A survivor of sexual assault has used cryptocurrency to anonymously crowdsource the funds to become financially independent, in a demonstration of a new use case for cryptocurrencies like bitcoin.
The survivor turned to crypto crowdfunding in September via crypto payment platform Seeds, raising $500 after she was left unable to work for several months following her attack.
Crucially, because of the anonymity of cryptocurrencies like bitcoin, she was able to do so without disclosing her identity, other than to the Seeds CEO Rachel Cook.
Discussing the case, Cook said she felt it was important to find a way that cryptocurrency could help survivors, including those left in financial hardship as a result of abuse.
“I met this woman in person, by coincidence, and we started talking about #MeToo movement…Survivors have trouble giving themselves permission to ask for money…The next logical extension I saw in that [#metoo] was we need to talk about how this economic [crypto] system can meet this need.”
“We have to let people know that this is available and that people can use it without feeling uncomfortable…We want to fill that gap.”
If the survivor had chosen to raise funds through a site like Kickstarter, she would have been required to submit ID – a factor which could potentially have linked her to her specific story, thereby risking her anonymity and ultimately her safety.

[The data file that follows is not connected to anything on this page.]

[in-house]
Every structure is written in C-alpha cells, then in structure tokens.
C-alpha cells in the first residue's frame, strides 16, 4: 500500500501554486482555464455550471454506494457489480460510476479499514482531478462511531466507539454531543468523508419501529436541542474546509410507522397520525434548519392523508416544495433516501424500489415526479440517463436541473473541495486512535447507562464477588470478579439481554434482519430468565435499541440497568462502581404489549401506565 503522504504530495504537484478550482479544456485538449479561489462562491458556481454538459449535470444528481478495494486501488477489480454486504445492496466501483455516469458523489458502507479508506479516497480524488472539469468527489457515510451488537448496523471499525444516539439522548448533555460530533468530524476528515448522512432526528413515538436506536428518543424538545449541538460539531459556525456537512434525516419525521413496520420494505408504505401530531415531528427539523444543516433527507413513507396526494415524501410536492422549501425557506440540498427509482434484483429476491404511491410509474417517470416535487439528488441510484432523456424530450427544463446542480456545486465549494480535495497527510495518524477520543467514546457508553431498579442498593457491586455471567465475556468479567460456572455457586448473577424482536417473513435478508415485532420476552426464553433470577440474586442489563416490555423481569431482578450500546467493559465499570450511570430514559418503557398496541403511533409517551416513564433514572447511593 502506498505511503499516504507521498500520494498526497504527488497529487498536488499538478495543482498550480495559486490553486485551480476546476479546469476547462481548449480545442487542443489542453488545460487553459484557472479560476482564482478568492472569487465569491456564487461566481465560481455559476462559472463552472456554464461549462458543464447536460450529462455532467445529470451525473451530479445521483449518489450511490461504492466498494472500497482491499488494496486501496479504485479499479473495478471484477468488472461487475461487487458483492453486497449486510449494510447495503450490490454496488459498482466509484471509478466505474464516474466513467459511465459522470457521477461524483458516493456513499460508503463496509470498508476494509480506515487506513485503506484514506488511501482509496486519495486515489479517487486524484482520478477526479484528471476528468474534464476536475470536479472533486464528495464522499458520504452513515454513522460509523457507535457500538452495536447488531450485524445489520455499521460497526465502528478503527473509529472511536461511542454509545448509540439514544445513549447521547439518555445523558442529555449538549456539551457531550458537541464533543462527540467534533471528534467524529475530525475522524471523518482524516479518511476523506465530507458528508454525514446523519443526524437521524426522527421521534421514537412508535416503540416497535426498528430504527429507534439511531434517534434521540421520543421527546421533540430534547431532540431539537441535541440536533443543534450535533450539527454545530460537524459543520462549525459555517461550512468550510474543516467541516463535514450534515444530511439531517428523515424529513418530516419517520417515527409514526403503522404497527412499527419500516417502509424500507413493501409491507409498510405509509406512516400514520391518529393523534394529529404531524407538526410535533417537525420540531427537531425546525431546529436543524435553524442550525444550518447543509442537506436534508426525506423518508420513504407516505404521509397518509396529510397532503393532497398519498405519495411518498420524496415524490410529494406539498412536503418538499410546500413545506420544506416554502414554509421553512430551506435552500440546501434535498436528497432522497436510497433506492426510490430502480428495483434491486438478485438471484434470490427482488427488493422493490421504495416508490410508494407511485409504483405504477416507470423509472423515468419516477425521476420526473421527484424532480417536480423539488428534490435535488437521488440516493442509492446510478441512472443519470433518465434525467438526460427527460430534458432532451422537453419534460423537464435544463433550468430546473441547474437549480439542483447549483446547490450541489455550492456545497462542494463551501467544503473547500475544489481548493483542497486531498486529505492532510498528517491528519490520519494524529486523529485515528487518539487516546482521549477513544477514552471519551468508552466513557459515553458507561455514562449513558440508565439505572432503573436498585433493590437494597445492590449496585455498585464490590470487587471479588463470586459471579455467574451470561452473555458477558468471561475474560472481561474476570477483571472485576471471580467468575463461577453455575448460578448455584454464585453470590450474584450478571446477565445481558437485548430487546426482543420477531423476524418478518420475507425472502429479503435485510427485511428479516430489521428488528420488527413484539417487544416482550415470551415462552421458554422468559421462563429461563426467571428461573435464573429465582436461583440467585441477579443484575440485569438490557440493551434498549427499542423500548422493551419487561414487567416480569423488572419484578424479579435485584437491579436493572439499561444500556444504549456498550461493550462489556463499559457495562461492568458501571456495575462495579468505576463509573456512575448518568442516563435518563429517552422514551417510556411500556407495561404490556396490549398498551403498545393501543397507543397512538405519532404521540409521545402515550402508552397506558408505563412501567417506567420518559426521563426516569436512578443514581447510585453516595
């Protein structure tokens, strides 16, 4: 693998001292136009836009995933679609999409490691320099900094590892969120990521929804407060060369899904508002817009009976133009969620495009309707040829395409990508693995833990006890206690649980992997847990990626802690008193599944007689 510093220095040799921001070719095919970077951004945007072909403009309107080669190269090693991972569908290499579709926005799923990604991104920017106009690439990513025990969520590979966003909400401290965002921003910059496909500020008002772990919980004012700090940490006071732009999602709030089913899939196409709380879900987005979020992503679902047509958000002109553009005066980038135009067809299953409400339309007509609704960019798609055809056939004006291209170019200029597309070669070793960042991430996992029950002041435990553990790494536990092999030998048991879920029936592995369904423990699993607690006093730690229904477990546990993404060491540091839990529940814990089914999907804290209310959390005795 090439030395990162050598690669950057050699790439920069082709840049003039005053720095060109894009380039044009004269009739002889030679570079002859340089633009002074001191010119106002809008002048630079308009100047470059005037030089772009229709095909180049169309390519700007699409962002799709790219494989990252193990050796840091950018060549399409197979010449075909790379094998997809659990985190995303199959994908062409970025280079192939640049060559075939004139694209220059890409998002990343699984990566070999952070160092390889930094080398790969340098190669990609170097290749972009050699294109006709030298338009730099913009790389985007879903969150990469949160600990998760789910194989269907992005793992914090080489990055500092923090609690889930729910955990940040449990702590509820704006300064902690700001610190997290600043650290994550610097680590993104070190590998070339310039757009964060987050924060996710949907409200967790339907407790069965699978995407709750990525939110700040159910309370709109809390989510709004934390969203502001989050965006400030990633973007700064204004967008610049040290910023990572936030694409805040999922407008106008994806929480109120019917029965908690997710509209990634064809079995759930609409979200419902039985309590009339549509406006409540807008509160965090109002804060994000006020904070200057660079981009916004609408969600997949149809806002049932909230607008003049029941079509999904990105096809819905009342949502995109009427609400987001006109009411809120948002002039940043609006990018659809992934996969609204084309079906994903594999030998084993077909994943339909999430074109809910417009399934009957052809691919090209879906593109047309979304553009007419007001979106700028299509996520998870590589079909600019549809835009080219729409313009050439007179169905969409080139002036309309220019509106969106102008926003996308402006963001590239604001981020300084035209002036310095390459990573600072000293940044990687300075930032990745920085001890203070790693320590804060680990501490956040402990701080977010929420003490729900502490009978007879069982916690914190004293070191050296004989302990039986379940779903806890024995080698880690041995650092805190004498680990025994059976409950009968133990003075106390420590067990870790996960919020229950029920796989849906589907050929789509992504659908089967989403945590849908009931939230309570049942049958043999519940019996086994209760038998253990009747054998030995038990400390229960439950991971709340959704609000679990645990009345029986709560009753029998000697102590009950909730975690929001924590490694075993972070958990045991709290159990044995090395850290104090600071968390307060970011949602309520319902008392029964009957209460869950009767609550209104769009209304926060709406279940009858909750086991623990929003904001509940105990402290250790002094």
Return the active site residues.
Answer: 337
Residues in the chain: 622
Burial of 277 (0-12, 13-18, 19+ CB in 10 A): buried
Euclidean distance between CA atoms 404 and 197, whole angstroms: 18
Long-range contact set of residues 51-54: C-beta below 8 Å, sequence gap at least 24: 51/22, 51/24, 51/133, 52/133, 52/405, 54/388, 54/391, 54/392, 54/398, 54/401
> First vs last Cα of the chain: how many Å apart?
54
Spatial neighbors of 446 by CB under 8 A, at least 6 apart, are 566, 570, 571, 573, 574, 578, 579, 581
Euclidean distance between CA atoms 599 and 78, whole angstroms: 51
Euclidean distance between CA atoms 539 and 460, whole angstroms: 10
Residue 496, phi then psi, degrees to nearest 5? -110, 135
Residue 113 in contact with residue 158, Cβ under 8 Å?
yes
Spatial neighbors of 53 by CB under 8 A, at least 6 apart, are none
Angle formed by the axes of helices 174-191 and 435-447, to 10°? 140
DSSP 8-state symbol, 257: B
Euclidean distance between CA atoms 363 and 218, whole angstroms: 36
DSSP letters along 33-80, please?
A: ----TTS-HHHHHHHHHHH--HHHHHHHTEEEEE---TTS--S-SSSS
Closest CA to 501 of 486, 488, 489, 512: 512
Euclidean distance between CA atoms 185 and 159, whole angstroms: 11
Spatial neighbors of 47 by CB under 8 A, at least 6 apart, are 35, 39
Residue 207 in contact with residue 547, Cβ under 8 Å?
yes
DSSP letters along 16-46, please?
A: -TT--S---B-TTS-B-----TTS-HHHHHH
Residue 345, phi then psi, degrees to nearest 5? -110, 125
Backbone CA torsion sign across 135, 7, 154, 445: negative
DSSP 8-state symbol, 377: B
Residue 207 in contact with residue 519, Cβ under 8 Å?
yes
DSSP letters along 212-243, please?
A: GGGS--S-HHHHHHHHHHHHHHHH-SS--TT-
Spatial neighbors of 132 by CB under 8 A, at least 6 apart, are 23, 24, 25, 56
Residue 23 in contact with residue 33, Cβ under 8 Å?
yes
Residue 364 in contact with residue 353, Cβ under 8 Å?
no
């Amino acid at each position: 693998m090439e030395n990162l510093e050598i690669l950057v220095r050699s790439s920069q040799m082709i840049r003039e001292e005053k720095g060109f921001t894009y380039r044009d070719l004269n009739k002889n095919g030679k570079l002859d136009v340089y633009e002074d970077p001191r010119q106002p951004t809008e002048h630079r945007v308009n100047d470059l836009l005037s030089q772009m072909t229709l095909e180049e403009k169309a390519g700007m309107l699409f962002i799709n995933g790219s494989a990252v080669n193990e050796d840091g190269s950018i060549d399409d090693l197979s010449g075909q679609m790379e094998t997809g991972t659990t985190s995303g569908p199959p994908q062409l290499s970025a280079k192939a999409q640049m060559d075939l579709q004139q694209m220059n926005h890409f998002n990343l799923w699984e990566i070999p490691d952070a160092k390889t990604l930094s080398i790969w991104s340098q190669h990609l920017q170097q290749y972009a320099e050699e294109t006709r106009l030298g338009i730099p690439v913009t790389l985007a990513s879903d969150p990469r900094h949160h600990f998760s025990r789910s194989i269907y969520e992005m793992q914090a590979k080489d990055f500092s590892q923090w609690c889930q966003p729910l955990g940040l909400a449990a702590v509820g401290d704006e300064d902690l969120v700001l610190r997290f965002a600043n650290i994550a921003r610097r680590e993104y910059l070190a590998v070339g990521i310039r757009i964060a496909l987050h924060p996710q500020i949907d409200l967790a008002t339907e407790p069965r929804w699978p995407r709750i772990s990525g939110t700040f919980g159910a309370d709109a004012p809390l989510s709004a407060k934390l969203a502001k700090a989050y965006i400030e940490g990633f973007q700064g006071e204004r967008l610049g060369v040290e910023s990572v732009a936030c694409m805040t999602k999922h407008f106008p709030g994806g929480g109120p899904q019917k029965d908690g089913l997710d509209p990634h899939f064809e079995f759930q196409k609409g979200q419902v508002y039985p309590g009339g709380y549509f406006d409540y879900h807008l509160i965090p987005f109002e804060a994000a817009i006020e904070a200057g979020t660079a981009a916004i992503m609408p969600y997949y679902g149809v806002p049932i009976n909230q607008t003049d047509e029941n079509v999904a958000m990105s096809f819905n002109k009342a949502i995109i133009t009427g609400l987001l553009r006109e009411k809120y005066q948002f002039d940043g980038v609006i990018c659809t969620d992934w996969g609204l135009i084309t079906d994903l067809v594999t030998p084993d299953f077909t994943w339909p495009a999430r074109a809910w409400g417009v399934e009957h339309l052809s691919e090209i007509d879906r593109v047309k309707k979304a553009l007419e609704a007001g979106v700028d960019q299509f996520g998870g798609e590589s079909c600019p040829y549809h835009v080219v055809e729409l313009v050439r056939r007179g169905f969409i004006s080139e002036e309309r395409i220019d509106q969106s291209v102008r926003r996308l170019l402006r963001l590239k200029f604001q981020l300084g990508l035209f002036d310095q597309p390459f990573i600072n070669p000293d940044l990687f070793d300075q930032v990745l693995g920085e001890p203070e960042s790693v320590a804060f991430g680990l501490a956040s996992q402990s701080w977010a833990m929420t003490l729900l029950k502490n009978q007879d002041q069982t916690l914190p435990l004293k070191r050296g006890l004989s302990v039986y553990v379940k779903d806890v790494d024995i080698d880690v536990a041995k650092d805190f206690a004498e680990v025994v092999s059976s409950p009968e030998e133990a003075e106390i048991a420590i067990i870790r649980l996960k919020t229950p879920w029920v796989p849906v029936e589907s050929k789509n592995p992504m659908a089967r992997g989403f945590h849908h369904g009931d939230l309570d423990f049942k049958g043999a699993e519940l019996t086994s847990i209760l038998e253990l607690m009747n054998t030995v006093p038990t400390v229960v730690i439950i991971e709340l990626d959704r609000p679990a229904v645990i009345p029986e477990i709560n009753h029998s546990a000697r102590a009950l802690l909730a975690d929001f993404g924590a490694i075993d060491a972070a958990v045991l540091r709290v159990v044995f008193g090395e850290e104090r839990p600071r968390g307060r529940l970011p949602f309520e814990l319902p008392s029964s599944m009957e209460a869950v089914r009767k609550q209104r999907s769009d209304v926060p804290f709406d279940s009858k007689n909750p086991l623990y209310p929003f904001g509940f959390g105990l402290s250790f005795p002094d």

Cook said that most survivors are financially trapped in abusive relationships, without access to the resources they need to leave their partners.
“Survivors, like other disadvantaged folks, lack wealth-building vehicles…The main reason why women stay in abusive relationships is because they are dependent upon their partners.”
Cryptocurrencies like bitcoin can be sent directly to an anonymous wallet address, and can be accessed by the victim in cases like these without any risk of their personal information being disclosed.
Especially in cases of violent and abusive relationships, this anonymity is one of the major benefits of raising money through cryptocurrency rather than through traditional online platforms.
The Seeds platform has so far handled twelve ‘Requests for Help’ of sums ranging from $100 to $1200 per request.